Tag Archives: safety II

Health and Safety II?

At a recent conference I attended, there was a paper describing an attempt to “manage” the risks involved in rock climbing. This highlighted the desire of climbers to push the boundaries to demonstrate mastery over evermore seemingly “unsafe” situations. (Solo unaided, unsupported climbs reliant only on the courage, skill and wit of the individual climber?). This was a somewhat paradoxical example of a person deliberately putting themselves “at risk” and … Continue Reading ››

Learning Teams, Learning from Communities

Over the last decade, I have spent a lot of time listening to operational, technical, specialist, support and managerial staff in small groups around Europe. The conversations – aimed at learning about safety – have changed over the years. What started off as strongly facilitated workshops to interrogate safety culture questionnaire results, became only loosely based on questionnaire results, and more on what mattered to participants, but still with predetermined issues in mind. Finally, the conversations became much more open still. … Continue Reading ››

I am not a policy wonk

I coined the term ‘Safety Differently’ in 2012. It was the header of an email I sent to a motley group of company representatives—from Laing O’Rourke, Sunstate Cement, Queensland Rail, Origin Energy and others. I had newly arrived in Australia and had been approached by them to help critically examine the sense of safety ‘getting stuck,’ of a pervasive compliance culture that no longer generated much progress.

In the email to invite them to a new round of … Continue Reading ››

Why do things go right?

Photo by Josue Isai Ramos Figueroa on Unsplash

In his 2014 Safety I and Safety II: The past and future of safety management, Erik Hollnagel makes the argument that we should not (just) try to stop things from going wrong. Instead, we need to understand why most things go right, and then ensure that as much as possible indeed goes right. It seems so obvious. Yet it is light years away from how most organizations … Continue Reading ››

The varieties of human work

Understanding and improving human work is relevant to most people in the world, and a number of professions are dedicated to improving human work (e.g. human factors/ergonomics, quality management, industrial/work/organizational psychology; management science). The trouble with many of these professions is that the language and methods mystify rather than demystify. Work becomes something incomprehensible and hard to think about and improve by those who actually design and do the work.  Recently, some notions that help to demystify work have gained popular acceptance. One of these … Continue Reading ››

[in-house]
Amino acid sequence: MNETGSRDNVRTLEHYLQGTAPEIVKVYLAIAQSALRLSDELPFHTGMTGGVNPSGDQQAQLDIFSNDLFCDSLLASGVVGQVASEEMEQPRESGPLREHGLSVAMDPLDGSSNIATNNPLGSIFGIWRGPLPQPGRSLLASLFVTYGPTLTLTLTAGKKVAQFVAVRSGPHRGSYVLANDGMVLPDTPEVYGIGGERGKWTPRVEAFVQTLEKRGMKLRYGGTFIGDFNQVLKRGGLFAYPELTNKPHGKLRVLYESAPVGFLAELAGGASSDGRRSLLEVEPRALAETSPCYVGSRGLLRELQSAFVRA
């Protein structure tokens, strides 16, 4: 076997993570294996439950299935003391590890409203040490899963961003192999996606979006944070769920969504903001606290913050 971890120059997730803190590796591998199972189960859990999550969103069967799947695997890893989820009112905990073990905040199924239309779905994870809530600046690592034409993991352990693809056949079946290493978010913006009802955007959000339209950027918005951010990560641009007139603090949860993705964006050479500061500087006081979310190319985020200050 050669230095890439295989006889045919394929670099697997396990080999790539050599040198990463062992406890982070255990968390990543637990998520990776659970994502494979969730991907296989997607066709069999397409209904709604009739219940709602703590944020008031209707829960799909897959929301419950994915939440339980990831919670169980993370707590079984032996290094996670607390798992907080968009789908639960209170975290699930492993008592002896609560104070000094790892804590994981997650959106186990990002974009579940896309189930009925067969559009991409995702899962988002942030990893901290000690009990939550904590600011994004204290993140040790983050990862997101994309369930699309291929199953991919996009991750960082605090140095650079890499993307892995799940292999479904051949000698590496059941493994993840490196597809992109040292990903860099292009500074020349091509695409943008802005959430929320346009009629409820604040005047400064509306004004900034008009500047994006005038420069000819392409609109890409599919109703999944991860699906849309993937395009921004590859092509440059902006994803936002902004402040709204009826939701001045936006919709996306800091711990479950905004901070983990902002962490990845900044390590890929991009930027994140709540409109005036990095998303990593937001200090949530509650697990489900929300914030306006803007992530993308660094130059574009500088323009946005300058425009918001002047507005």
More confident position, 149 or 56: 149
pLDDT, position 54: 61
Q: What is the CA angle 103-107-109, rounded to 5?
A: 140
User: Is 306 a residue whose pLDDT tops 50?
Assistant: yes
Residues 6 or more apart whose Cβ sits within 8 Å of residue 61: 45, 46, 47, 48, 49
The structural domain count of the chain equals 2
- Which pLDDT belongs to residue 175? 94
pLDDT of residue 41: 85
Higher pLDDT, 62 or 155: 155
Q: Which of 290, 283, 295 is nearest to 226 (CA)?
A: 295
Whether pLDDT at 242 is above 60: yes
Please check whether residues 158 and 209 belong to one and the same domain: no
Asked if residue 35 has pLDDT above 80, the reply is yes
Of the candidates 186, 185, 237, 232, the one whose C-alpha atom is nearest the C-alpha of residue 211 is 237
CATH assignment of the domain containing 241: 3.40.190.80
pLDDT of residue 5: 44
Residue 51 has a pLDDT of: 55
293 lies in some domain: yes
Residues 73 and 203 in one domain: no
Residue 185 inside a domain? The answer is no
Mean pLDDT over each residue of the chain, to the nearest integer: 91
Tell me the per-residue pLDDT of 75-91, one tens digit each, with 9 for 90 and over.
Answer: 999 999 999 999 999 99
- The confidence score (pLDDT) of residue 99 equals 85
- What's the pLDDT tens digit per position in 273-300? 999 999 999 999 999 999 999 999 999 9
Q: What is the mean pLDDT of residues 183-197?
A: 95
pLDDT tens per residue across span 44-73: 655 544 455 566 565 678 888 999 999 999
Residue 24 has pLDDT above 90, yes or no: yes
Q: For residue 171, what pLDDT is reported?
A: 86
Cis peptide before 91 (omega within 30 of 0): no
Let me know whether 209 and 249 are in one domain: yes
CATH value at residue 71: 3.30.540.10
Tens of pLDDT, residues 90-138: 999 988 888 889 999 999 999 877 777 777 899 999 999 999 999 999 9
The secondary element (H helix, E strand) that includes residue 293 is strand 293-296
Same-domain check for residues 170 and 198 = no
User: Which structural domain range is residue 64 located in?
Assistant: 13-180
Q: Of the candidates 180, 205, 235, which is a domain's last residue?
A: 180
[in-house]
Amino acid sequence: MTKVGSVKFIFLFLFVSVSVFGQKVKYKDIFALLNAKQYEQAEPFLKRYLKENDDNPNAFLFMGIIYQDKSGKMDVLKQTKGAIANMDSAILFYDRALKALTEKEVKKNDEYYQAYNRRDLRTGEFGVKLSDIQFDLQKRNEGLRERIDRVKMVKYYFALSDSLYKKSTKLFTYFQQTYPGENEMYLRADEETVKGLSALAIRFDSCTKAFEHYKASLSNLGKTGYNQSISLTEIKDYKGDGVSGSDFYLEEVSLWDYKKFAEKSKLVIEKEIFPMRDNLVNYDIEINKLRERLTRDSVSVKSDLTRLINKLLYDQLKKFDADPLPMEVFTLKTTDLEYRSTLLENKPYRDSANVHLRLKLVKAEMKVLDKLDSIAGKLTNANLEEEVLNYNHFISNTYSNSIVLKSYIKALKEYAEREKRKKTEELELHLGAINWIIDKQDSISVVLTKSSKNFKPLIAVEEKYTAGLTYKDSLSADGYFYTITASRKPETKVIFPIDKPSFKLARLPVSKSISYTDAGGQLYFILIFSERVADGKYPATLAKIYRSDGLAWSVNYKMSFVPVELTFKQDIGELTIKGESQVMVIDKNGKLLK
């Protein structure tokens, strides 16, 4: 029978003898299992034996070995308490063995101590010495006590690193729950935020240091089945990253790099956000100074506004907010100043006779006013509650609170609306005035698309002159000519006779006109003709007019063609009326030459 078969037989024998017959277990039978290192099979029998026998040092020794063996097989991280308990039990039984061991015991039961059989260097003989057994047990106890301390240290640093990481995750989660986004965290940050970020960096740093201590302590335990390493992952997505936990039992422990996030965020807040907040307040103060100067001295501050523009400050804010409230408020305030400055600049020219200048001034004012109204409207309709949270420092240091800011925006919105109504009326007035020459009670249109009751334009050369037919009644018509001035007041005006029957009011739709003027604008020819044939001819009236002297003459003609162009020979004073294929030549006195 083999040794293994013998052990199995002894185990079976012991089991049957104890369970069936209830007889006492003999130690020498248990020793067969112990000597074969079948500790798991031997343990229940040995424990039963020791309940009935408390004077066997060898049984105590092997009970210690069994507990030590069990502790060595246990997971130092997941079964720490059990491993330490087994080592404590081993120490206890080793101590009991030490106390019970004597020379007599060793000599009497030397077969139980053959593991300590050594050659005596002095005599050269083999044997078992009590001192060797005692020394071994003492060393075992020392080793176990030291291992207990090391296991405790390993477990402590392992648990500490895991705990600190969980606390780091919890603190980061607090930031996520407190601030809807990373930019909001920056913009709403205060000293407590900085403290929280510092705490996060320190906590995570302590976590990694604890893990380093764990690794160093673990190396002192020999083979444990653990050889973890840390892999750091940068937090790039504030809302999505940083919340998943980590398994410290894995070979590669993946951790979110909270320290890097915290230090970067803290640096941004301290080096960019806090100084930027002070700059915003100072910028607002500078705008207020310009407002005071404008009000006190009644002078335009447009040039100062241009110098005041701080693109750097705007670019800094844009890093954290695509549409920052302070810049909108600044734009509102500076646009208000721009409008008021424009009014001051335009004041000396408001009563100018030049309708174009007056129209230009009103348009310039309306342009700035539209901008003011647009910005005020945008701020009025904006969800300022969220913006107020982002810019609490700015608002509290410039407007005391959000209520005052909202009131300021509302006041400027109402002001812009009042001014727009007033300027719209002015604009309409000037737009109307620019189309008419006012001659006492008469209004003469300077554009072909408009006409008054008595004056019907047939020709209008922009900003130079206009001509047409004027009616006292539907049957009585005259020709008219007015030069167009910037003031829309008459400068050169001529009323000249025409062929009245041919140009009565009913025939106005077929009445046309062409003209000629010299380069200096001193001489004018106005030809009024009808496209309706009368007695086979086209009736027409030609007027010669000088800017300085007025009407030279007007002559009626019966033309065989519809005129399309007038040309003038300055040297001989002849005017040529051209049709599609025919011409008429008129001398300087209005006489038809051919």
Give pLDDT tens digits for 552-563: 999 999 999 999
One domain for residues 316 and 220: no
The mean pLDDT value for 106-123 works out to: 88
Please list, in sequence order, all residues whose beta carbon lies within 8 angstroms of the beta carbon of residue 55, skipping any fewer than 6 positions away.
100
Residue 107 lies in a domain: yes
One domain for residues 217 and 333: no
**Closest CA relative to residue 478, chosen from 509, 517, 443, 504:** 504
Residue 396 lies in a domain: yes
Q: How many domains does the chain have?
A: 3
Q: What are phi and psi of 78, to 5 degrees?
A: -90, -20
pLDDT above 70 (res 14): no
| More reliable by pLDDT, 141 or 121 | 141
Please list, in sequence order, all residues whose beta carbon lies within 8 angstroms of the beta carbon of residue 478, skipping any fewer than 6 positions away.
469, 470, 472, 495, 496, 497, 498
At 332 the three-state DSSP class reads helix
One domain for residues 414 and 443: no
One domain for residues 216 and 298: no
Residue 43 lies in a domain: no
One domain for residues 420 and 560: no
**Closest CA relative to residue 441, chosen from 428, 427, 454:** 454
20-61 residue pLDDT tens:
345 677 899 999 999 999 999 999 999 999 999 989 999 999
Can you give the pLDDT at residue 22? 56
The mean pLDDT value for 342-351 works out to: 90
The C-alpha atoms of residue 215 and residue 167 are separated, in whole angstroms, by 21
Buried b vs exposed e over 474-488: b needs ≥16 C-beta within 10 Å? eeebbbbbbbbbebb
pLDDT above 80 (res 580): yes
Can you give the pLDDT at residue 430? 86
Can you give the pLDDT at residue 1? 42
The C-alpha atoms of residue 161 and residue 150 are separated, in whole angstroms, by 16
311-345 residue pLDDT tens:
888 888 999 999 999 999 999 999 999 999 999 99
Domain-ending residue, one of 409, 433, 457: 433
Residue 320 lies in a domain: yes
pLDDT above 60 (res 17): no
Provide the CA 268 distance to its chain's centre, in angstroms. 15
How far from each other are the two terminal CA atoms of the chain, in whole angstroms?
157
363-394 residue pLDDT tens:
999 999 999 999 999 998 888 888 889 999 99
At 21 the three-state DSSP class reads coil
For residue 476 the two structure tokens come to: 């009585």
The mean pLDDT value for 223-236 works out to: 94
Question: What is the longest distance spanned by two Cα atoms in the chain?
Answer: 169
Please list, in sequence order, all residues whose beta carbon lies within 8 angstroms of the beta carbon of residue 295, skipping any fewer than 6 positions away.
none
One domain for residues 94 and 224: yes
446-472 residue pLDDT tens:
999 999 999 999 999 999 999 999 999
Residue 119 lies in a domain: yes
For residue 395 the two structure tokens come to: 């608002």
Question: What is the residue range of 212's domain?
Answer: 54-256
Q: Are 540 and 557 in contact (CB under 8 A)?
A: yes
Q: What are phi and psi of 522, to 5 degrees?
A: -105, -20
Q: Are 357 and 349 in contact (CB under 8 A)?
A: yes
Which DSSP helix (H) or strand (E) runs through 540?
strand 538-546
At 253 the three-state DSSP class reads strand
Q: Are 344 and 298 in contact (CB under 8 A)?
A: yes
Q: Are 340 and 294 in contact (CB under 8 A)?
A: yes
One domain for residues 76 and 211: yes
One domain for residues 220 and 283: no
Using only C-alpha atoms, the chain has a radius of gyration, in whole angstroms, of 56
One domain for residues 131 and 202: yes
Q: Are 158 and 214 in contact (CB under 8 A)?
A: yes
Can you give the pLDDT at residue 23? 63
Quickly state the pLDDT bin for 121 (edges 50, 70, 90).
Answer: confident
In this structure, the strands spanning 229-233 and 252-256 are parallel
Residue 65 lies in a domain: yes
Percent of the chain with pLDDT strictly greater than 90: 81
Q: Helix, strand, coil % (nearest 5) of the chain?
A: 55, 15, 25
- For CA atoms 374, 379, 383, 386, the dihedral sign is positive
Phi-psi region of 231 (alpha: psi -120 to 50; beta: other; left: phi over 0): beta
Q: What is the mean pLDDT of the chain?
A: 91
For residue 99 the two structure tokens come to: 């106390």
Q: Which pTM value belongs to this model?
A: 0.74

Bad Seamanship: Is that so?

pexels-photo-largePicture the scene: The car carrier Hoegh Osaka has just departed from the port of Southampton, at which point the master calls up the mate and says that the ship did “not feel right”, to which the mate in charge at the loading computer replies “I am working on it”. Soon afterwards the vessel runs aground and eventually capsizes, leading to a catastrophic accident off the port approaches. The investigation into the case finds that the vessel was … Continue Reading ››

The Limits of Safety Differently?

DSCN5361I was having a discussion the other day with a colleague about how Safety Differently fits in different organizations. Some organizations we’ve encountered are hungry for something new. They realize that the same-old safety approaches are not getting them the results they would like and are actively seeking a different approach. Obviously these organizations are ripe for a discussion about Safety Differently.

But what about others who, as some describe, are not as far along? For example, in … Continue Reading ››

Case study: Timing is everything; FRAM for train departures

photo-1415368893216-efb8c4fb04e0In this case study I would like to show a practical application of the Functional Resonance Analysis Method (FRAM) to investigate the process of trains departing the station. The reason for analyzing this process, is that Signal Passed At Danger (SPAD) incidents have a specific category that deals with situations where this incident happens just after leaving the station. So in that case, the first signal seen from the station platform is passed while it shows … Continue Reading ››

Weak and invisible safety leadership?

photo-1444312645910-ffa973656ebaEvery now and then I meet people who claim that what is needed to improve safety is ‘strong and visible safety leadership’. I sort of get what they mean with ‘visible leadership’ (that leaders can be seen doing the right things), but the rest is confusing. Strong? How strong exactly? Strong in order to do what? What do you mean by ‘leadership’? And what do you mean by ‘safety’ anyway?

Further exploration of the idea … Continue Reading ››

Emergence of Safety-III

Reductionism

During engineering school in the late 1960s I was taught to ignore friction as a force and use first order approximate linear models. When measuring distance, ignore the curvature of earth and treat as a straight line. Break things down into its parts, analyze each component, fix it, and then put it all back together. In the 1990s another paradigm coined Systems Thinking came about we … Continue Reading ››